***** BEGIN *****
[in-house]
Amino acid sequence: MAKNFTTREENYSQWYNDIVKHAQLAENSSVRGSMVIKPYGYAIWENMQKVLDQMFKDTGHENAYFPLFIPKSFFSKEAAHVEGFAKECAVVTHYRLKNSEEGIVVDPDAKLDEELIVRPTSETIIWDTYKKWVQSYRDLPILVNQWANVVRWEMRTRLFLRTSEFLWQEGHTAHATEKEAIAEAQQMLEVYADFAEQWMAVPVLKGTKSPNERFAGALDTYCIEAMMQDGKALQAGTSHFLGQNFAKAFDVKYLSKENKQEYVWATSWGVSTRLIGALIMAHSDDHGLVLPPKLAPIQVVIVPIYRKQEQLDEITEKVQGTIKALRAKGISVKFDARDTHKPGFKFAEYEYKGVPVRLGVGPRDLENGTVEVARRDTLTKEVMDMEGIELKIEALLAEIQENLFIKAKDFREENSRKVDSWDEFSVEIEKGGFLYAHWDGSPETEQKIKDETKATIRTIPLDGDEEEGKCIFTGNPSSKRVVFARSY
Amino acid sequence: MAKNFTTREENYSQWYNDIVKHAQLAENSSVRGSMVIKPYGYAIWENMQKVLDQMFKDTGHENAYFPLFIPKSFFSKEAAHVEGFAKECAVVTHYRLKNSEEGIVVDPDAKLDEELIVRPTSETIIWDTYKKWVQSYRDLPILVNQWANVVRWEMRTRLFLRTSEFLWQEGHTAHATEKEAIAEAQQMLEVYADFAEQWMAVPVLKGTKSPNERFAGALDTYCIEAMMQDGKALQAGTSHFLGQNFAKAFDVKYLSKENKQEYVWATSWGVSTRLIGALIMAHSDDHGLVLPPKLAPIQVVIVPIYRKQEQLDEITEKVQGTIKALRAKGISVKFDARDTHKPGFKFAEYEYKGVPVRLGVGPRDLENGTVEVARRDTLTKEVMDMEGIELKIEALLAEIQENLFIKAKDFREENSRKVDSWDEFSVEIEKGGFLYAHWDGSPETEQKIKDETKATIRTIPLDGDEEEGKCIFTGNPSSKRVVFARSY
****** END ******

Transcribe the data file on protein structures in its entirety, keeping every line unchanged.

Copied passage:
[in-house]
Amino acid sequence: MAKNFTTREENYSQWYNDIVKHAQLAENSSVRGSMVIKPYGYAIWENMQKVLDQMFKDTGHENAYFPLFIPKSFFSKEAAHVEGFAKECAVVTHYRLKNSEEGIVVDPDAKLDEELIVRPTSETIIWDTYKKWVQSYRDLPILVNQWANVVRWEMRTRLFLRTSEFLWQEGHTAHATEKEAIAEAQQMLEVYADFAEQWMAVPVLKGTKSPNERFAGALDTYCIEAMMQDGKALQAGTSHFLGQNFAKAFDVKYLSKENKQEYVWATSWGVSTRLIGALIMAHSDDHGLVLPPKLAPIQVVIVPIYRKQEQLDEITEKVQGTIKALRAKGISVKFDARDTHKPGFKFAEYEYKGVPVRLGVGPRDLENGTVEVARRDTLTKEVMDMEGIELKIEALLAEIQENLFIKAKDFREENSRKVDSWDEFSVEIEKGGFLYAHWDGSPETEQKIKDETKATIRTIPLDGDEEEGKCIFTGNPSSKRVVFARSY
Amino acid sequence: MAKNFTTREENYSQWYNDIVKHAQLAENSSVRGSMVIKPYGYAIWENMQKVLDQMFKDTGHENAYFPLFIPKSFFSKEAAHVEGFAKECAVVTHYRLKNSEEGIVVDPDAKLDEELIVRPTSETIIWDTYKKWVQSYRDLPILVNQWANVVRWEMRTRLFLRTSEFLWQEGHTAHATEKEAIAEAQQMLEVYADFAEQWMAVPVLKGTKSPNERFAGALDTYCIEAMMQDGKALQAGTSHFLGQNFAKAFDVKYLSKENKQEYVWATSWGVSTRLIGALIMAHSDDHGLVLPPKLAPIQVVIVPIYRKQEQLDEITEKVQGTIKALRAKGISVKFDARDTHKPGFKFAEYEYKGVPVRLGVGPRDLENGTVEVARRDTLTKEVMDMEGIELKIEALLAEIQENLFIKAKDFREENSRKVDSWDEFSVEIEKGGFLYAHWDGSPETEQKIKDETKATIRTIPLDGDEEEGKCIFTGNPSSKRVVFARSY